Inflammation is a common feature in end stage renal disease (ESRD) that might contribute to increase DNA damage. ESRD patients present increased circulating cell-free DNA (cfDNA) and different types of DNA injury. The underlying inflammatory process in ESRD may be associated with increased genomic damage and cfDNA contributing to further enhance inflammation. We analyzed the degree of genomic damage in ESRD patients under hemodialysis therapy, using the comet assay and cfDNA quantification. ESRD patients presented significantly higher C-reactive protein (CRP) and cell damaged DNA. The cfDNA correlated with age and inflammatory stage. Nine out of 39 patients died during the one year follow-up period and presented significantly higher cfDNA, than those who persisted alive. At lower CRP values, the increased DNA damage is still within the cell, and at higher CRP the damaged DNA is released in to plasma. The higher degree of genomic damage in ESRD might be a consequence of inflammation and aging, and may contribute to increase cancer and cardiovascular mortality risk. Our data suggest that the comet assay is more sensitive for low-grade inflammatory conditions, while cfDNA appears as a good biomarker for more severe inflammatory conditions, and as a biomarker for the outcome of ESRD patients.
Part of the book: Genotoxicity
Medications are used as the primary approach to prevent and effectively manage the chronic conditions. Non-adherence to medication is recognized as a worldwide public health problem with important implications for the management of chronic diseases, which affects every level of the population, particularly older adults due to the high number of coexisting diseases and consequent polypharmacy. Estimated rates of adherence to long-term medication regimen are of about 50%, and there is no evidence for significant changes in the past 50 years. The consequences of non-adherence include poor clinical outcomes, increased morbidity and mortality and unnecessary healthcare costs. Factors contributing to non-adherence are multifaceted and embrace those that are related to patients, to physicians and to healthcare systems. Cognitive, sensorial and functional decline, poor social support, anxiety, depression symptomatology and reduced health literacy have been linked to medication non-adherence in the elderly patients. Many interventions to improve medication adherence have been described in the study for different clinical conditions; however, most interventions seem to fail in their aims. In this chapter, a revision of the implications of poor adherence as well as its predictors and available tools to improve adherence is performed.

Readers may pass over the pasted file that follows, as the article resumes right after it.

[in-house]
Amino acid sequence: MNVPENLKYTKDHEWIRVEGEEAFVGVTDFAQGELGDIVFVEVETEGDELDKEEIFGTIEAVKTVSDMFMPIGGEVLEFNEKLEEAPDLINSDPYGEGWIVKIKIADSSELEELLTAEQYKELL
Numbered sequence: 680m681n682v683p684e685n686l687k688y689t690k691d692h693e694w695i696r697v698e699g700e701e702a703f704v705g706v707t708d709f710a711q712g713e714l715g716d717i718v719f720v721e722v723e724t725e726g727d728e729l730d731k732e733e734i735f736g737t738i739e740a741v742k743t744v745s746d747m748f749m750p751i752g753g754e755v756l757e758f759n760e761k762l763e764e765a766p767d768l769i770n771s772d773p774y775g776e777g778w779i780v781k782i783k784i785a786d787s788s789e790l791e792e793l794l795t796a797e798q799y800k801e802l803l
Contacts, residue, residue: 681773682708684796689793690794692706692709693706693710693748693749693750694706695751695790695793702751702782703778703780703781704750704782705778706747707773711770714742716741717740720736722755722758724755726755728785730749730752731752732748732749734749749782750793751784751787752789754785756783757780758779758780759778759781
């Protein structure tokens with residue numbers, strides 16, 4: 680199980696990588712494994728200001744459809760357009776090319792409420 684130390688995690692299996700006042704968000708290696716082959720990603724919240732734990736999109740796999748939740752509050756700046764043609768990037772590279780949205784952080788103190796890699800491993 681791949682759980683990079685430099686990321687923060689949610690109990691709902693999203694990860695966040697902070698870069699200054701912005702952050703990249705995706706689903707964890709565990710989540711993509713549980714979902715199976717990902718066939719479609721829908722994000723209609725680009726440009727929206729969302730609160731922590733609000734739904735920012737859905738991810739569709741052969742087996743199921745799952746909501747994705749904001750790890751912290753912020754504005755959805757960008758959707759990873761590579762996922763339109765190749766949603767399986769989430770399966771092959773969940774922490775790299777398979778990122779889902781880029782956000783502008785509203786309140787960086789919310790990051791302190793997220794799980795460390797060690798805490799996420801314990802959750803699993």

Part of the book: Gerontology